illustrated. Y K v\ At the moment of firing, the elements assume the position of Fig. :9the firing pinl j 53'coming byL inertia, to bear'on the balls 48 which it leaves under, "the action -of its spring, when the positive acceleration has Y ceased (Fig. l0). vUnder the eifecto air resistance which is exerted on -tlie exterior of the projectile, the balls -48 arefa'dvanced by mertia 1n thelr seats 64 and unlatch the -ber of perforations 71 capable of being obfiring' pin 53 which maythen, at impact', tire the primer 46 (Fig. 11).

It will be seen that the grenade and the Erin sleeveaccording .to this invention, avoi ing leakages of gas from the' car: tridges, permit utilizing their action to a maximum. Thusresults a notable increase in the trajectory for a given charge.

The 'particular arrangement of the firing sleeve 8 `(Fig. l) permits giving it a reduced cross section, which reduces to a minimum the ,reaction of the gases on the rifle butt. This offers the double`advantage of facilitating the firing and of avoiding deterioration of the rearm. v

Furthermore, owing to the squatty shape ofthe ring sleeve 8, its weight is reduc'ed to a minimum and the front sight 21 of the riie' projects over it, which permits of the ordinary lire' 'with balll cartridges even though the firing? sleeve is mounted on the firearm, and it thus further constitutes an excellent concealing device for the flash. f m

-ing is no longer accomplished with a stray t e ball, as in certain similar devices at present time, any risks of .accident outside of the'zone of fire` being thus eliminated.

sleeve 8, in which a .ring'66,'m0unted on the ring sleeve 8, serves for varying the trajectory byfmodifying the eifective length of the sleeve. Thisring comprises at its interior a Fig. 12 shows a modification lo ffthe firing screw thread'bengaged with a threadl on the' l iring sleeve, whose cavities 68 play. the

part of packing grooves. A spring stop,`

pawl 69, fixed on the ring 66 and ca able of being engaged in notches 70 of the ring tories, permits regulating the position of the propelling tube 7 conveniently. This element may be formed. by any other appropriate stop device.

Figs. 13 and-14 show a different construction in which there is provided, at the `sleeve corresponding tothe different trajecbase of the ringlsleeve 8, a certain numstructed by aid of a vturning ring 72, itself pierced by orifices 73, which serves to regulate the cross section for exhaust or escape ofered to the cartridge gases and consequently the trajectory of the projectile.

,The brakingrtube 101 is.lodged on-the, body of the grenade 102 by. screw threading .or otherwise and may have internally na stepped cylindrial profile,y as represented,`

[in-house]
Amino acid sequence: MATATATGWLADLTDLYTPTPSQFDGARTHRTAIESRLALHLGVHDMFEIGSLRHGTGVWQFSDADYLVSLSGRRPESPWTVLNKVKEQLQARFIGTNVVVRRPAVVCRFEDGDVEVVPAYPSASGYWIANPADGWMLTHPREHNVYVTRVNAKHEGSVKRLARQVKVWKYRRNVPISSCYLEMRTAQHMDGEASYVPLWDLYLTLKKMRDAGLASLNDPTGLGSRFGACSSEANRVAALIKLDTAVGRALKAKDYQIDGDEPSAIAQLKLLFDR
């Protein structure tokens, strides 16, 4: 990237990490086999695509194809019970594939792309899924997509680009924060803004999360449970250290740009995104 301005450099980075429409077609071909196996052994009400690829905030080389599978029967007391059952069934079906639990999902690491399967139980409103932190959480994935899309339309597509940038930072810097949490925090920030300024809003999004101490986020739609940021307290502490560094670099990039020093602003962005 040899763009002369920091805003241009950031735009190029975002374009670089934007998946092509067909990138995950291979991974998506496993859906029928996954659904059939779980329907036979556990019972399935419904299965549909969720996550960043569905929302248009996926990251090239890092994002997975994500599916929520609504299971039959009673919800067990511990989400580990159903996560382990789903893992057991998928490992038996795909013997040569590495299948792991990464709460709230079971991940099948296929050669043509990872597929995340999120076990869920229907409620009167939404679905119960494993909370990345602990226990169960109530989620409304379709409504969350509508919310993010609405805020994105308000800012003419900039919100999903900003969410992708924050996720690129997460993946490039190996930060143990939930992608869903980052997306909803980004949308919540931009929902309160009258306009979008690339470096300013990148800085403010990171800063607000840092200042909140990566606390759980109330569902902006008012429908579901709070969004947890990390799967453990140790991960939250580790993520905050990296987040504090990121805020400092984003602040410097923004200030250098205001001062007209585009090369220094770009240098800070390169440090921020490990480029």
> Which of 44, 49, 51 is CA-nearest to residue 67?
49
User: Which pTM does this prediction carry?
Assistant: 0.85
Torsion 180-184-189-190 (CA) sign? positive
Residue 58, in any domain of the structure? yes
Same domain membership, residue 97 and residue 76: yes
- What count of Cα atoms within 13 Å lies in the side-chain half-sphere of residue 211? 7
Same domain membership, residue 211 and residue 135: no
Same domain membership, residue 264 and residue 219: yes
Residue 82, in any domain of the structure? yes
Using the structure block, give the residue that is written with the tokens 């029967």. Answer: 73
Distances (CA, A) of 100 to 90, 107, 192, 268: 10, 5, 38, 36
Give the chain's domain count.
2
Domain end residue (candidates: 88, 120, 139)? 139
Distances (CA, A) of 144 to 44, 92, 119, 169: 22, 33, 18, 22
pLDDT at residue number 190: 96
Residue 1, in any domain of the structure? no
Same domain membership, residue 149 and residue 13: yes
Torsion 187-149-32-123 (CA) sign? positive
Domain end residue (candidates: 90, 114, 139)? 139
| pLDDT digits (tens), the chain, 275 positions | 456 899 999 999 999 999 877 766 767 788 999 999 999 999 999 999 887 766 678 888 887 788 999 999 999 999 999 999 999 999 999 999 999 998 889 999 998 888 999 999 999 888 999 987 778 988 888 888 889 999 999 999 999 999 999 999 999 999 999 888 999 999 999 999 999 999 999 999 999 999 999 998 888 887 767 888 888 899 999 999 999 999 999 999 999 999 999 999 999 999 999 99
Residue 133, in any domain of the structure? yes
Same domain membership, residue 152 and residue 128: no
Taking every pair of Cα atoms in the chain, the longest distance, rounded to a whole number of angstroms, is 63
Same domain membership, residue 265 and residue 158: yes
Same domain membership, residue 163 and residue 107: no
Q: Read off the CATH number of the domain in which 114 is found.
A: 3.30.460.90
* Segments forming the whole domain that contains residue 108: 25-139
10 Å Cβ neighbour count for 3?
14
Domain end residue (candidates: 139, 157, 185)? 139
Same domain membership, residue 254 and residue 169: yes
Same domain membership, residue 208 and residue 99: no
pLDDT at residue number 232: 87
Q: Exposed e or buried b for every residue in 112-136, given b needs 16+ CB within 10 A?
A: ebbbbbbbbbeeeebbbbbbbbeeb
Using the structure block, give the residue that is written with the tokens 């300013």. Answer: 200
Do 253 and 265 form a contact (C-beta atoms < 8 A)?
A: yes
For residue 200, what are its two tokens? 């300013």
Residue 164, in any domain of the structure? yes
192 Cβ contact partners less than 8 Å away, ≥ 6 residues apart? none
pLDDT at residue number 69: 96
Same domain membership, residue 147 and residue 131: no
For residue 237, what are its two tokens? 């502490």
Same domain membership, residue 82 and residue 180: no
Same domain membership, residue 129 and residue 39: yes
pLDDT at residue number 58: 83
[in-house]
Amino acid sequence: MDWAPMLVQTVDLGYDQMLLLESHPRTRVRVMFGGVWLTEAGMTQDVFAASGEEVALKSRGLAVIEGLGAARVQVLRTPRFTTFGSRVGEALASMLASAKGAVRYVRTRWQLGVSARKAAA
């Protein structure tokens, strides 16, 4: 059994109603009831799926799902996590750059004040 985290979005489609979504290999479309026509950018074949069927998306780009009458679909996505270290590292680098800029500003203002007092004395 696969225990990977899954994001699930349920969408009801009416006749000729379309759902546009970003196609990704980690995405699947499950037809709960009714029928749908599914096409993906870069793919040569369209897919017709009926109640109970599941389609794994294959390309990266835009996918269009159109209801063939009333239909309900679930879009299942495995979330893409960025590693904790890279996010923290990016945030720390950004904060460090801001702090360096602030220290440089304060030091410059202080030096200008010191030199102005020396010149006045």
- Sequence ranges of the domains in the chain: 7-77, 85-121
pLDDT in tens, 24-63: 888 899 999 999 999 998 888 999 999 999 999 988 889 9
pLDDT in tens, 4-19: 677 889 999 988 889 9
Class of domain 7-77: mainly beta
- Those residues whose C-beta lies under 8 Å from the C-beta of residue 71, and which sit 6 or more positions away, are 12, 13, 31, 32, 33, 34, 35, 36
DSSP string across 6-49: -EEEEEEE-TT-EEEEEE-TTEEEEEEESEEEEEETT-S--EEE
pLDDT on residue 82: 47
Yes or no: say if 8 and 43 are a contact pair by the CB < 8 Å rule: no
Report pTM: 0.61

or may be entirely cylindricall or conicall '130 for all or a part of its lllgth,and finally,

as f' in ageneralmanner, it may have any appropriate form for the brakmg of the bullet.l It encloses a\material which is rather in- `compressible but is easily displaceable or J deformable, such as a liquid 103 ora mixture of more .or less viscous liquids or, again, a solid material in finely divided state. Thus rubber, felt, cork, or a material solid" at the v 10:ordinary temperature and capable of melting undergthee'ect of the heat disengaged by the bullet, such as wax, resin, etc., or in-y deed`combinations of various analogous materlals formlng damping devices, may also be utilized. Y

The braking material, when it is not solid, y

` under the effect of variations of temperature.

l posed.

There will be chosen, preferably, a4 liquid whose freezing point is lower than the lowest" temperature to which the tubes may beex- At the moment ofhliring, the rie bullet. or other projecting device perforates or drives the closing plate 104 and is braked in an extremely energetic-manner by the liquid 103 .contained in the tu'bes 101, which-can only escape gradually betweenthe bullet and the tube, partly in the state of vapor. The

transformation into heat 'oa part of the` kinetic energy 0f the bullet generally produces, in effect, a partial vaporizatlon of the braking liquid. In thismanner a gradual braking of the bullet and a great flexibility of propulsion of the grenade isattained. Further, the liquid pressed or forced by the bullet transmitspressurel in a very uniform manner to the walls of the tube, which consequently are deformed in a very regular manner.v j